## MATERIALS AND METHODS

Because this report only involved the use of previously published literature, there were no animals used in this research.

### Data Gathering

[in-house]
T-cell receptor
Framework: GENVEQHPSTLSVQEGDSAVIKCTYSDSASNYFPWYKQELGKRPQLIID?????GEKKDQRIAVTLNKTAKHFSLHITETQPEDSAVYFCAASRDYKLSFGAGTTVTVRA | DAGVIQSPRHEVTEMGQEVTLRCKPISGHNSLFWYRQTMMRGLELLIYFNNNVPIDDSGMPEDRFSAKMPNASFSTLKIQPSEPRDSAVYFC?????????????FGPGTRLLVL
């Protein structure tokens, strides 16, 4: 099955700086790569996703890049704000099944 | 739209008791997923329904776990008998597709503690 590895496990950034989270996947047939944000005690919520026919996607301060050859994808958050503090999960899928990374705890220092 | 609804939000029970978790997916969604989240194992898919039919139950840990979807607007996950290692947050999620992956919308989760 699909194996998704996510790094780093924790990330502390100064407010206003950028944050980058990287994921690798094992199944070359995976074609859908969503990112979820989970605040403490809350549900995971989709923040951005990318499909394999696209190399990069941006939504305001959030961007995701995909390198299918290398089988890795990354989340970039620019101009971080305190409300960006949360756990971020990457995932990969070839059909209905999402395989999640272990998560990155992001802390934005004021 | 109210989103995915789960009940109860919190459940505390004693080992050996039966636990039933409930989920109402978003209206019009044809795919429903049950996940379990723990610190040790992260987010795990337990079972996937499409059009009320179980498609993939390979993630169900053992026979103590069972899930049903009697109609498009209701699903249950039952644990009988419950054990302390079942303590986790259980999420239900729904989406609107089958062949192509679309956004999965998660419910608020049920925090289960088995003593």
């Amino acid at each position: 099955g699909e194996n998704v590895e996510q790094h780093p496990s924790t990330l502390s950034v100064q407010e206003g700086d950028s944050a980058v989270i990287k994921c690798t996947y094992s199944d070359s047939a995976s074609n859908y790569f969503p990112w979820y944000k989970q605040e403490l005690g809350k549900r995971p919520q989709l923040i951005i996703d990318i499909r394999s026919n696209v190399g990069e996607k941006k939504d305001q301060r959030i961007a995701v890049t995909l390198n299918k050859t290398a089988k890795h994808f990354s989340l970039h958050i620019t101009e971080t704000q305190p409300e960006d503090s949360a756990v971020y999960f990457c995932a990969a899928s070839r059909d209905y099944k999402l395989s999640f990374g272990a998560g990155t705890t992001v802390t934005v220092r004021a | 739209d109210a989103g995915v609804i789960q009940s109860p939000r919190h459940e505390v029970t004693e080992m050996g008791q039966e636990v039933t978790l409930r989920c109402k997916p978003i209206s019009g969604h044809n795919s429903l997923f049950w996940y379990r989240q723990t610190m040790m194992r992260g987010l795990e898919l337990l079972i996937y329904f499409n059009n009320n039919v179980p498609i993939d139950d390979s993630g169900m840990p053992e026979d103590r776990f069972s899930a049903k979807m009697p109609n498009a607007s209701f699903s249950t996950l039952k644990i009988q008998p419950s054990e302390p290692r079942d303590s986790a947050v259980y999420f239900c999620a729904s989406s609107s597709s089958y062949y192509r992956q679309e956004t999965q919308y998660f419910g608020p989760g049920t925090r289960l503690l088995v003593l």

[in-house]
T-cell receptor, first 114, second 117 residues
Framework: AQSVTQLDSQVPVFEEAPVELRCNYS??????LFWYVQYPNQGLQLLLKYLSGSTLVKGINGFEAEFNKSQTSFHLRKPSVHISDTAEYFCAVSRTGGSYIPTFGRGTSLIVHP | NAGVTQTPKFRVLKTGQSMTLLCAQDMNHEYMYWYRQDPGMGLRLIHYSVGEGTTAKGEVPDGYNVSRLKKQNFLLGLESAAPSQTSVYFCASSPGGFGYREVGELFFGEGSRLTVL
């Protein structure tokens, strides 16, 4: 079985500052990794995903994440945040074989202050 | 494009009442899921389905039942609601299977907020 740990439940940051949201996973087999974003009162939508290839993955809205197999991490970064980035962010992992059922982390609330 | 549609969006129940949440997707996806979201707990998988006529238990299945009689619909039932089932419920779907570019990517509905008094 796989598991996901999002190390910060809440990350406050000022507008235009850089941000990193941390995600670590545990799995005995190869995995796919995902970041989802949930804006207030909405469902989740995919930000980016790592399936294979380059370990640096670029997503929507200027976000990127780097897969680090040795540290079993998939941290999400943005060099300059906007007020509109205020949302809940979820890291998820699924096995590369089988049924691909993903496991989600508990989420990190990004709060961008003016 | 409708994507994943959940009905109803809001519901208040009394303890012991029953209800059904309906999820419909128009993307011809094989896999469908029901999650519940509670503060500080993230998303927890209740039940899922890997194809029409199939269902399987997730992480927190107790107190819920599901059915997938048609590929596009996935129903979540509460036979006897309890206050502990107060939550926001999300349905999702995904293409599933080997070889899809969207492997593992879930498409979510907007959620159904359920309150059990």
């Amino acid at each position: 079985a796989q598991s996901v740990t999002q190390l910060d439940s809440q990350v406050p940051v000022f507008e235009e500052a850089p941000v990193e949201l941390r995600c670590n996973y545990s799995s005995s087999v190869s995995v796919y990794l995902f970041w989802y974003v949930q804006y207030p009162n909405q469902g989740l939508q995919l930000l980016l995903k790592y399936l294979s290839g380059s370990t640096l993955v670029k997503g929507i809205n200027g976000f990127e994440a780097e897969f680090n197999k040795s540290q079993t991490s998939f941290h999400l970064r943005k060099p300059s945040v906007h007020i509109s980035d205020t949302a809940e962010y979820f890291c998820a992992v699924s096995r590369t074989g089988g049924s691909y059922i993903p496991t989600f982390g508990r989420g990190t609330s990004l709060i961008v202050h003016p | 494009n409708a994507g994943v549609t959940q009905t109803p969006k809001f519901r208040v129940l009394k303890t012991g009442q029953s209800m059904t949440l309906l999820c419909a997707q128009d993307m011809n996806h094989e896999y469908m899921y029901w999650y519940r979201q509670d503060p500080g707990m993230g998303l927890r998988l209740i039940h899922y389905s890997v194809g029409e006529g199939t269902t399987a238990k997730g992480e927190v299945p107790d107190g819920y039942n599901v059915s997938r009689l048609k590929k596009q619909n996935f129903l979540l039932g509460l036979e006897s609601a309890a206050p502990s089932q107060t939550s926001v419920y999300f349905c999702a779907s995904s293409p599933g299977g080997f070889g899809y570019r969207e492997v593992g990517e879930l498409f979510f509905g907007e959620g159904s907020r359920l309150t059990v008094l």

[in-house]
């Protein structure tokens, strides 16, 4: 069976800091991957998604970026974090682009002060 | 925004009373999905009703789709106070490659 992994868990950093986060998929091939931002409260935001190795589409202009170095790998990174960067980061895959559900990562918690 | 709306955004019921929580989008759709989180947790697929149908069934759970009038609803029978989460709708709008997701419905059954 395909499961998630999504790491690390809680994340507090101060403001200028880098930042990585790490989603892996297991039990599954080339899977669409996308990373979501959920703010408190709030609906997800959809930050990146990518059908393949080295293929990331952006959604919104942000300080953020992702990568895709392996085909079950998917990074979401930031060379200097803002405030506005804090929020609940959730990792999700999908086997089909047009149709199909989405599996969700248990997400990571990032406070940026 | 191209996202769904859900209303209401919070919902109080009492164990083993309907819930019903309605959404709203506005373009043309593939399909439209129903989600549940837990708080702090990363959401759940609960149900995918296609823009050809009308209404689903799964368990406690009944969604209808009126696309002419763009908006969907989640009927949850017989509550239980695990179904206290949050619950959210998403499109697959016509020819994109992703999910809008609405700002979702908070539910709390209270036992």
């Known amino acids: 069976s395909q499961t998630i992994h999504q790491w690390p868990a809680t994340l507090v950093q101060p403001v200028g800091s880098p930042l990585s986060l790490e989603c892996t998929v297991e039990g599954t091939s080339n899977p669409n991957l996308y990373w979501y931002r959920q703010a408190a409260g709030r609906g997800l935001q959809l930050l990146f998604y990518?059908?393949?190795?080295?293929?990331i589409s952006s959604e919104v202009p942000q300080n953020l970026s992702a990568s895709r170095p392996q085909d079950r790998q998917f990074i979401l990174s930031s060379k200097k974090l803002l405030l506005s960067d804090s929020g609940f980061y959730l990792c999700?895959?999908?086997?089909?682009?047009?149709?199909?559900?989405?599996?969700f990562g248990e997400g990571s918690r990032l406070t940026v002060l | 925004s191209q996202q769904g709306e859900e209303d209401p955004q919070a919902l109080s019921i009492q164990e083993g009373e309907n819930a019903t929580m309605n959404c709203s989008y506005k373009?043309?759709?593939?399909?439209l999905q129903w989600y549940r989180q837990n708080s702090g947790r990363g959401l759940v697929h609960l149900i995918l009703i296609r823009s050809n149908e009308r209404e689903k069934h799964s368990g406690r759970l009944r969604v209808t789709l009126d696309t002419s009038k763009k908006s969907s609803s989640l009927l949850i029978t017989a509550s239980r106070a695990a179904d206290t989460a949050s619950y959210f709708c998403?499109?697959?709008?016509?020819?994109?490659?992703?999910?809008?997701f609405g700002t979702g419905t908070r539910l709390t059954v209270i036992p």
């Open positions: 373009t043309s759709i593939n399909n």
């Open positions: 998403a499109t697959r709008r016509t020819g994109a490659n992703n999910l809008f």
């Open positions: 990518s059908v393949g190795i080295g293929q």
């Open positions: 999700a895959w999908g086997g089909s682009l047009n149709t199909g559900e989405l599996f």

The question was, “What is the difference in ADG, G:F, DMI, morbidity, mortality, and liver abscess risks in feedlot cattle with and without pharmaceutical technologies in North America?” Manuscripts were identified through the PubMed and Commonwealth Agricultural Bureau electronic databases from February 2008 through April 2008. A variety of search terms were used to identify articles that possibly contained relevant information about the review questions (Table 1). Each search contained at least one search term from each category. After retrieving the citations, each title and abstract was read by the first author and was retained for further evaluation if it mentioned at least one of the treatments and at least one of the outcomes of interest in beef cattle. Further, the Intervet Schering Plough Animal Health Database (Kenilworth, NJ) and the Texas Tech University North American TBA Implant Database (Texas Tech University Implant Database, 1999) were used to identify studies utilizing steroid implants. The information contained in the database is searchable. The manuscripts and technical bulletins from which the data were sourced are linked from the site. All articles were cross-referenced with abstracts obtained through PubMed and Commonwealth Agricultural Bureau database searches, and technical bulletins from implant database were included as well. These manuscripts and technical bulletins were assessed using the same inclusion criteria, except for being from peer-reviewed sources. Only data from studies using a single implant treatment (i.e., no reimplant) with a contemporary nonimplanted control group were considered relevant. The implant data were further subgrouped into implant studies using heifers and studies using steers to attempt to mitigate the amount of variability in the data sets.